There is a common misconception about Paul Pope. He is neither a cartoonist, nor an artist: He is a product of alchemy and poetry, a djinn made of ink and movement. He is a mathematical complexity, not to be solved. His latest project, the one-shot, "The Death of Haggard West" (being the title of the last issue of the non-existent series, "The Invincible Haggard West") from First Second Books, comes out in July, and will once again remind us that Pope is not of this world.
A single-issue precursor to Pope's October-releasing original graphic novel "Battling Boy," "West" sees the pulpy, eponymous hero do his best to defend Arcopolis from a bunch of hooded monsters. But things go south for our hero before issue's end, and neither his ray guns nor his jet pack can save him from death. But when one door closes, another opens, as Pope uses "West" as a set-up for "Battling Boy," also from First Second. Pope spoke with CBR News about why it was necessary to introduce the world to West, the vacuum the hero leaves in his wake and the heartbreak of killing him off.
CBR News: As a one-shot, "The Death of Haggard West" works well as story unto itself. But why take this particular approach leading into "Battling Boy?" I feel a little wrong in calling it a prologue --
Paul Pope: Yes, it is designed to read like a single issue of a comic book. It isn't a prologue, you're right. It's the end of the epic adventures of Haggard's life, and it ends in tragedy. It's a counter-intuitive way to introduce a new hero. I was hoping we could just release the comic as his "last" issue, not let people know he's doomed to die in the end, let that be a shock. Marvel and DC routinely kill off their heroes then bring them back again. Haggard is dead for good at the end of this one-shot, but his tragic ending sets a much larger wheel in motion, which sucks in the realms of gods and monsters, battling it out in the realm of humans.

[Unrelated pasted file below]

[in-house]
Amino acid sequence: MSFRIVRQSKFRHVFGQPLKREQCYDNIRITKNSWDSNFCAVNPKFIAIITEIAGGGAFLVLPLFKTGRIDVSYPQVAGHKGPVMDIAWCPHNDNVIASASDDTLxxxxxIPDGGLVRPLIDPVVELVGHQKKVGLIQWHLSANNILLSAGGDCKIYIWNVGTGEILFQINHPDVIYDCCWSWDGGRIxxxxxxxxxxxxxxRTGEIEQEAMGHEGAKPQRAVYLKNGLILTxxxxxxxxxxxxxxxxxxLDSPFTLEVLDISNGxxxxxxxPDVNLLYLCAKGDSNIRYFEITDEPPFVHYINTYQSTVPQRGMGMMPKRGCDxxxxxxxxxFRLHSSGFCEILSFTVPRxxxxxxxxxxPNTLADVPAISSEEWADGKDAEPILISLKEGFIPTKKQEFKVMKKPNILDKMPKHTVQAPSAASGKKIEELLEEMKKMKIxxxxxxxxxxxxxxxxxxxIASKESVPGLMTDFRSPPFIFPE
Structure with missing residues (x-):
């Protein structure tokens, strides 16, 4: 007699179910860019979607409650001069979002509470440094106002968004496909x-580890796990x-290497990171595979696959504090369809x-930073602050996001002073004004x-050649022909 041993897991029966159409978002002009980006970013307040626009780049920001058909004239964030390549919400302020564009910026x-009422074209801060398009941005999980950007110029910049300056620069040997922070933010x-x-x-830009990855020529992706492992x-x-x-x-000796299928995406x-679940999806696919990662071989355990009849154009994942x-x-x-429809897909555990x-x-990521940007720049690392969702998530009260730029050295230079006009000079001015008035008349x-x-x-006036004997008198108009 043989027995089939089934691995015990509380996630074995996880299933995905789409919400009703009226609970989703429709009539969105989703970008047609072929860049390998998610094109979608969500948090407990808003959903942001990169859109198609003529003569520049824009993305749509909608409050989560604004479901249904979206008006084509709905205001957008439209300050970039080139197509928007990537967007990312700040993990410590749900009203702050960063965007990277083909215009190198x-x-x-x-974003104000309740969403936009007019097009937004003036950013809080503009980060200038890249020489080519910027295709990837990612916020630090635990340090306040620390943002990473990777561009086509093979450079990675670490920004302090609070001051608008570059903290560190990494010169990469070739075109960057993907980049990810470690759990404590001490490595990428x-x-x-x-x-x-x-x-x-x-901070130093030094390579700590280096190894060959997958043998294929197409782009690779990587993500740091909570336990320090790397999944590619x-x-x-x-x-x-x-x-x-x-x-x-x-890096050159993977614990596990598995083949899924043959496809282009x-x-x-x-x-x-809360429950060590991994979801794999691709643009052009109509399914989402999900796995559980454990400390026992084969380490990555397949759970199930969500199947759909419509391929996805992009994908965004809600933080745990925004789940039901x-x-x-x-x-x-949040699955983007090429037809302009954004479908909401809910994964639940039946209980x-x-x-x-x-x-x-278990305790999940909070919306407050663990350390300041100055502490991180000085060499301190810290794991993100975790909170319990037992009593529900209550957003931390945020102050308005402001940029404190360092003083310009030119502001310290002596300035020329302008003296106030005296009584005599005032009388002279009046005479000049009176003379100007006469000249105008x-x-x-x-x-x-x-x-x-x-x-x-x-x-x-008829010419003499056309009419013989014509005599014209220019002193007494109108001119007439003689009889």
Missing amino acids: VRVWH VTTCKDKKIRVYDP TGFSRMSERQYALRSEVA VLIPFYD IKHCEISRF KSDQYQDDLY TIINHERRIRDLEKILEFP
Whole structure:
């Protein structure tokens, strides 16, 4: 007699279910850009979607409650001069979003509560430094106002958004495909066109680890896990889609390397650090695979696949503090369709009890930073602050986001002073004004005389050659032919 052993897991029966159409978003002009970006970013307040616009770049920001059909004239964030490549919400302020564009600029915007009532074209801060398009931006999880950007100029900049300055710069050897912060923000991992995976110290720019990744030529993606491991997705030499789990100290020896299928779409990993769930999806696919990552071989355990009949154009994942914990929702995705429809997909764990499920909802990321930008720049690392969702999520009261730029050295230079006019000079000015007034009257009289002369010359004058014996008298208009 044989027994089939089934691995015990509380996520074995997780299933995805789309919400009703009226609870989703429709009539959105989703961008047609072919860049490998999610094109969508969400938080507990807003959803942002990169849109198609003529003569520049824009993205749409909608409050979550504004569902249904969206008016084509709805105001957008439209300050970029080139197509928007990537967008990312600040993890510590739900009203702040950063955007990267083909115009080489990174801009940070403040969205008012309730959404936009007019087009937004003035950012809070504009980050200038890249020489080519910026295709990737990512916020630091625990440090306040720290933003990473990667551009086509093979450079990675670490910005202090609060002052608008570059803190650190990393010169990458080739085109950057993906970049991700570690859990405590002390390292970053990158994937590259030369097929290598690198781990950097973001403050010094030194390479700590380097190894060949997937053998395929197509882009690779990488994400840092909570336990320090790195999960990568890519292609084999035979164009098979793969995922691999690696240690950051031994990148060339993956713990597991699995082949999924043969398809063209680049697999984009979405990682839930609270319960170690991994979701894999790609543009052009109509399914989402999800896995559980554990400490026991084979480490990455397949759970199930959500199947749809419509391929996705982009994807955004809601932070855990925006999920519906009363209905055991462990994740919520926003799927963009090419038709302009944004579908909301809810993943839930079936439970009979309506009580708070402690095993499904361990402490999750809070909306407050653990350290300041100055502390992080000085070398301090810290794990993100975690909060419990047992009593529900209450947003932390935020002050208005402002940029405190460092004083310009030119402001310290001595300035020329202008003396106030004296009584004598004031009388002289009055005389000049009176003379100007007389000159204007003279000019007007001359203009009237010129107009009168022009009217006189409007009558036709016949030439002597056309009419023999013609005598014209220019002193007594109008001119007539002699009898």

Do you think that in the world of comics, a hero must die or fall in order for one to take its place?
No, but when a hero dies, it creates a vacuum. There is opportunity in that tragedy.
I was pleasantly surprised by how much I liked West's character, an analogue of all those Batman-type characters that seem to be everywhere now. How did you get past the mundane when creating West?
A friend describes him as "Batman without the baggage," which kind of works. I've been pretty surprised he is being received so well. With Haggard, I'm trying to channel the vintage pulp hero types, like Doc Savage or The Shadow. He has some Indiana Jones in him, too. With Battling Boy being a young god, it was necessary to invest his story with a more familiar superhero, someone more experienced and wise, yet mortal.
Did you find it all heartbreaking killing him off like that?
Yes. I remember the day I drew his death scene. I woke up feeling foreboding and depressed. I don't usually have death scenes in my stories, come to think of it -- certainly not the death of the main hero!
What went into the design of West? It feels like there was a good amount of planning, since readers are treated to a fully-fleshed character complete with design schematics found at the end of the book. In fact, the entire book felt like a labor of love, like it could keep going.
I tend to put a lot of research into my characters' backstories and I try to design their gear and weapons in a realistic way. I like the challenge of drawing wrinkles and seams, trying to ink surfaces so the metal or chrome feels reflective and hard, the leather and wool feels soft and pliant. There are a lot of subtleties to his weapons and design which aren't apparent at first, but which you can pick up on a second read.
I wouldn't be surprised if your readership asked for more of "Haggard West." Is there a possibility of that happening?
The story is designed to be expandable, that's for sure. There's already a lot of interest in Haggard as a hero, and he has a larger role in the "Battling Boy" series, so this isn't the last we'll be seeing of him!
"Battling Boy" is coming soon, and everyone is anxiously awaiting its release, so I take "Haggard West" as a comic book trailer of sorts, if that makes sense. Is that its end goal?
Haggard's story introduces the problems plaguing Arcopolis, the massive city Battling Boy is sent to by his warrior god father. It primes readers for the larger story. Haggard still has a big role in the two books, and his presence is felt throughout the book. In ways, Battling Boy must measure up to Haggard, even though they never meet. When we were kids and "Empire Strikes Back" wasn't out yet, they released Boba Fett as a toy, introducing him to fans. I remember loving that -- that's kind of what I wanted for Haggard West.